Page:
Embodiments of the invention include a sensor positioned outside a bag or vessel, outside the closed system, that does not allow for electrical wiring inside the bag. In one aspect, the sensor is integrated with the drive head. FIG. 22A depicts a system 600 with a printed circuit board (PCB) winding 602 incorporated with an arrangement of magnets 603, 604 of an axial flux stator 605. The system 600 includes a first set of magnets 603 at the impeller end 607 (rotatable around central axis 608), the impeller end positioned within a vessel 601, and a second set of magnets 604 positioned at the drive end 605. The PCB winding 602 is a single coil, or set of coils as shown in greater detail of FIG. 22C, and placed between the sets of magnets 603, 604 in the area 606 where the magnetic gradient is arranged. FIG. 22B demonstrates that synchronous torque depends on load angle, such that the angle between the rotor and the stator fluxes (i.e., the angle between the rotor pole (or magnet) and the stator pole (or magnet)). By placing a single coil or a set of coils, such as the printed circuit board (PCB) winding 602, between the stator 605 and the rotor 607, the magnetic flux in the space or area 606 between the drive and the impeller (partially or fully filled with air) can be detected and related to the produced torque. In one aspect, a single coil or the set of coils are printed on a circuit board, and can be arranged and placed in a single layer or multi-layers.

In one embodiment, a flux sensor, such as the PCB winding 602 (shown in FIG. 22C) is installed on an existing magnet-magnet coupling of a bioreactor, or mixer system, to acquire flux information and estimate torque. The flux sensor functions to acquire the speed by relating the measured voltage to the speed of rotation. The voltage, as it changes with time, is measured at various instances. In FIG. 22C, the illustration depicts a PCB winding 602 that picks up the back electro-motive force (EMF).

In one embodiment, a magnetic field density sensor 808 (e.g., one or more 3D hall-effect based sensors, anisotropic magnetoresistance (AMR), shingled magnetic recording (SMR), giant magnetoresistance (GMR) sensors), and shown in FIG. 24, is installed in the space between the drive and the impeller. The magnetic field density in this space changes as the torque produced by the impeller changes. FIG. 24 depicts a magnet-magnet coupling bioreactor system 800, using integrated sensors 808 to measure the varying viscosity and varying density when the system is in use. Impeller magnets 810 at the impeller end 802 form a first portion and the drive-end magnets 806 incorporate with a base steel plate 804 form a second portion. As depicted, sensors 808, including magnetic field density sensors, are integrated with a drive magnet 806. The sensors, however, may be incorporated, integrated, and/or placed within any region of the system 800. Specifically, the sensors shown are integrated within the region 811 between the impeller-end magnets and the drive-end magnets. The produced torque relates to the fluid properties (e.g., weight, volume, viscosity, density). At speed n dT/dn, T is used to identify fluid viscosity, density, and different operating conditions.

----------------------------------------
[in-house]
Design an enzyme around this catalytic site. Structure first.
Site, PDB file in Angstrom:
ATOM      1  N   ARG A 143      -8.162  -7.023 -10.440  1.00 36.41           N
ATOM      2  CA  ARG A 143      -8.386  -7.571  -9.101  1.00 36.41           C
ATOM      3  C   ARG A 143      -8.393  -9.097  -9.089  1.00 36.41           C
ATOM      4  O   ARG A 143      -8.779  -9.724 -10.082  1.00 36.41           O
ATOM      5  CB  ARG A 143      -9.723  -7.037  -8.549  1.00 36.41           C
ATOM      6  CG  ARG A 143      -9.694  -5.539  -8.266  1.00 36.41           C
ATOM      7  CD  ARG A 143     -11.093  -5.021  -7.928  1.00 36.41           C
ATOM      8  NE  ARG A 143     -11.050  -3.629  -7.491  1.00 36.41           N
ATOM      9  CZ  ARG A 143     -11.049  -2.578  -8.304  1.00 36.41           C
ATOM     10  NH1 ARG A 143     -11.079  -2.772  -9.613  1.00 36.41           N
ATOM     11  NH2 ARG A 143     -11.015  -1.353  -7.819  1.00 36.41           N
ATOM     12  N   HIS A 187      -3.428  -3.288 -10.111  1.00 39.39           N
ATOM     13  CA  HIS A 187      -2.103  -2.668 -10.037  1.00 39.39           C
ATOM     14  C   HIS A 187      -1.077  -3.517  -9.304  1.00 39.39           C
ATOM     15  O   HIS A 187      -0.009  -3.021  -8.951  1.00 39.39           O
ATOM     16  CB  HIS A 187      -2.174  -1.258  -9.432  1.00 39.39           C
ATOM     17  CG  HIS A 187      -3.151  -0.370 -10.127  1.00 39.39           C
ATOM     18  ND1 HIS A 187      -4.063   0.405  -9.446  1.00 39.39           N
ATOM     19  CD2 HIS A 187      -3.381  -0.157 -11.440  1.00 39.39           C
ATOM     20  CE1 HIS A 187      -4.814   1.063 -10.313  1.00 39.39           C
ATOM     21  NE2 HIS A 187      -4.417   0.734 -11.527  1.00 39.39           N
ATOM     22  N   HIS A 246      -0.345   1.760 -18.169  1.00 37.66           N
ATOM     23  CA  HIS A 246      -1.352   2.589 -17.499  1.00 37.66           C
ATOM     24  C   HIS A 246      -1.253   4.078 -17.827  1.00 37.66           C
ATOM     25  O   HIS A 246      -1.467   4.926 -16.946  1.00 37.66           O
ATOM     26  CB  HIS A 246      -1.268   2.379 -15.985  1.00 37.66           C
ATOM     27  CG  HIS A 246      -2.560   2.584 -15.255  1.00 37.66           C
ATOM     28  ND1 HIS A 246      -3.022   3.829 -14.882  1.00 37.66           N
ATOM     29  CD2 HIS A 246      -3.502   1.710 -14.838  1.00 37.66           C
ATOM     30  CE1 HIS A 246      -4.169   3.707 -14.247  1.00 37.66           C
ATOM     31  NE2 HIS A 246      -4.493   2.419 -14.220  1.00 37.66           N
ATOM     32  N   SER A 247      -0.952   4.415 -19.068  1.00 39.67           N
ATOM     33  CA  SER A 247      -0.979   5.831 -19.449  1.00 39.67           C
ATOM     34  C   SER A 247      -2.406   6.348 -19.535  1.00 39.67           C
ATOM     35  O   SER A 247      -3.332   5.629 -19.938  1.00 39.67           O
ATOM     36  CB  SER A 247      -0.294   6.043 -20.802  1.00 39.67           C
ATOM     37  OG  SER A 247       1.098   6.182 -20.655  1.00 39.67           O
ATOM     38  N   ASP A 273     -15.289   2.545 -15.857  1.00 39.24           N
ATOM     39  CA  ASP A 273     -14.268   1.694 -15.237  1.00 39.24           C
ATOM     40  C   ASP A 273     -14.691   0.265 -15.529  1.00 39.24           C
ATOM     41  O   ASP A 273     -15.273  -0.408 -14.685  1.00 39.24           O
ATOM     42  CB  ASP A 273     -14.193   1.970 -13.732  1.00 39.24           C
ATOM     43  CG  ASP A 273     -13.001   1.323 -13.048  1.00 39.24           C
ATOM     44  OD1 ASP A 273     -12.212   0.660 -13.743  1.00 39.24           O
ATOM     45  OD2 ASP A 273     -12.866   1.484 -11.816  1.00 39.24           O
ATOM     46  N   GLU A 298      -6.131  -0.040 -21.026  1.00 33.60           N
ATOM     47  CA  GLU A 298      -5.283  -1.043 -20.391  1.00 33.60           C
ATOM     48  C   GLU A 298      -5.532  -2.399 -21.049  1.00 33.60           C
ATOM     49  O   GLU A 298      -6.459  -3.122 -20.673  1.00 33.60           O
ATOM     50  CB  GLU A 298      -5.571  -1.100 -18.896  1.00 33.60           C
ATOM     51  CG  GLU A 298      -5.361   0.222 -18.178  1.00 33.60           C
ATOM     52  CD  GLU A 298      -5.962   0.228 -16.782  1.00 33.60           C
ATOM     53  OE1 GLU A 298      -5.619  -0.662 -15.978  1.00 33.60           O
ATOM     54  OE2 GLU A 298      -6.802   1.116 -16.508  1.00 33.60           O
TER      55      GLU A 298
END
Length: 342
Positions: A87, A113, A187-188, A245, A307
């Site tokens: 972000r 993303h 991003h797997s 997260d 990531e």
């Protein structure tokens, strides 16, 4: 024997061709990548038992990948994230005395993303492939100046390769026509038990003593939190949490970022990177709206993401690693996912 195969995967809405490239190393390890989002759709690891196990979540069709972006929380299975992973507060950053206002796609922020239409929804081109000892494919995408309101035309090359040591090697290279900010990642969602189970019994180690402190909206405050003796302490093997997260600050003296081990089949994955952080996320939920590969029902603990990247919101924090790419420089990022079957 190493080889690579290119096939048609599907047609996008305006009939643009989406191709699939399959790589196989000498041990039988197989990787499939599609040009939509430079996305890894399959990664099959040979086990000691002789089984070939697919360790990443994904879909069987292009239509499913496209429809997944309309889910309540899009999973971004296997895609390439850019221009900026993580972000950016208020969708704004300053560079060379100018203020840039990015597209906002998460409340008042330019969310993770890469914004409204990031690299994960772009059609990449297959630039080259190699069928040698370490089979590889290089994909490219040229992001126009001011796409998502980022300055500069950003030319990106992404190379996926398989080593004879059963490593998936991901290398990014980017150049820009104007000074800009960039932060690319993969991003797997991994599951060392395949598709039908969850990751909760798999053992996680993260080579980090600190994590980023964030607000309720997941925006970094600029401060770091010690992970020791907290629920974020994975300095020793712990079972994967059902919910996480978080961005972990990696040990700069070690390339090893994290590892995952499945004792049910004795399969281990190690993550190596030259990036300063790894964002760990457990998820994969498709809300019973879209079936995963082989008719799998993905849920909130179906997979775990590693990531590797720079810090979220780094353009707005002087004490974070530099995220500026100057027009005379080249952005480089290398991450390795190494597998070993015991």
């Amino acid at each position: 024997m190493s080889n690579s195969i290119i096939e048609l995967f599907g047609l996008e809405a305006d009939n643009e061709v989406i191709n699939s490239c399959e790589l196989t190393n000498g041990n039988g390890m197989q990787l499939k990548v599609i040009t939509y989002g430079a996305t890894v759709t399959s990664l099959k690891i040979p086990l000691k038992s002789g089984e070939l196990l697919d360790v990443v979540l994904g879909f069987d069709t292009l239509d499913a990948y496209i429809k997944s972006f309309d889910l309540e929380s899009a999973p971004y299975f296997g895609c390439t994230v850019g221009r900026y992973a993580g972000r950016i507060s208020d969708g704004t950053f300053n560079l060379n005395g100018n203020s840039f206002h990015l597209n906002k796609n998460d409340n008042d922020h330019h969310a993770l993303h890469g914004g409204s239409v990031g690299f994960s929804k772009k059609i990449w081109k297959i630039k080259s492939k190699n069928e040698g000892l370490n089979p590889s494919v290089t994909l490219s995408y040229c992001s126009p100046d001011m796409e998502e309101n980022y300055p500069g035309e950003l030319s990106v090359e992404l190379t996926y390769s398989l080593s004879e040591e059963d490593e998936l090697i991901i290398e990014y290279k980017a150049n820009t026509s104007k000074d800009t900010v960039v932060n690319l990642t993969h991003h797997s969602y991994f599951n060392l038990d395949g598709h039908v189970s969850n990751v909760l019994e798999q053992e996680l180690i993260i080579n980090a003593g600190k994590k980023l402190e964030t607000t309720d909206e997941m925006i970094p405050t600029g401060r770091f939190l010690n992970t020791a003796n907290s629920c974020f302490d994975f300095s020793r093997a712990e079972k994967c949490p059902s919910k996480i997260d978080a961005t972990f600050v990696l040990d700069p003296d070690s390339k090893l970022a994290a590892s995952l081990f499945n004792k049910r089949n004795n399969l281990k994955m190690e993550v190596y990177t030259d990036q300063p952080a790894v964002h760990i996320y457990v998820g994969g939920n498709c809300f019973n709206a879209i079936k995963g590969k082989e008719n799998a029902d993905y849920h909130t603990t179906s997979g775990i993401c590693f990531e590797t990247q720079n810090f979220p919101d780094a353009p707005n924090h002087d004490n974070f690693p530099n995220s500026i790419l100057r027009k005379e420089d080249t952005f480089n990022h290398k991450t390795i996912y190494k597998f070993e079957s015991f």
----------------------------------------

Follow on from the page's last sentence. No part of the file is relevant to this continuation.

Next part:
Method 2: Measuring Torque and Speed as Related to Axial Flux (AF) Stator

With the axial flux stator, as shown in FIG. 23, the stator voltages and currents are acquired and decomposed to direct and quadrature axis components, and back EMF and torque are calculated without the need for sensors. FIG. 23 illustrates an embodiment of a device 700 having a first rotor portion 707 positioned within a vessel 701, and a second stator portion 705; the second stator portion is a tooth wound axial flux stator 705 that comprises pie-shaped magnetic stator teeth 763 that extend vertically from the stator back iron 762. The stator core can be formed from sintered powdered iron, ferrite, or machined from a coil of magnetic steel. Conductive windings (current carrying elements) 764 are wound around the stator teeth 763. The conductive windings are divided into phases. Within each phase winding, the field direction of the individual coils alternates so that the application of phase current to the phase winding creates a magnetic field (B) that is directed vertically upward in one tooth and vertically downward in another tooth. The flow of current through the conductive windings forms a magnetic field that flows through the stator teeth, across the air gap, or region 706 between the stator 705 and a rotor 761, interacts with the magnets 703 on the rotor, travels through the rotor 761, and returns through a rotor magnet 703 of opposite magnetic polarity, across the air gap between the stator and rotor, through an oppositely-excited stator tooth, closing through the stator back iron 762.

While Method 1 is described in terms of the magnet-magnet coupling system 800 and can be applied to several different arrangements of drive and impeller, Method 2 is specific for wound stator drive system 700 as shown in FIG. 23. The magnet-magnet coupling system leverages the change in magnetic field density and/or magnetic flux to produce information on the position of the impeller and hence, the produced torque and/or speed. The stator drive system acquires the input current and voltage to the wound stator and relates such information to the produced torque and/or speed.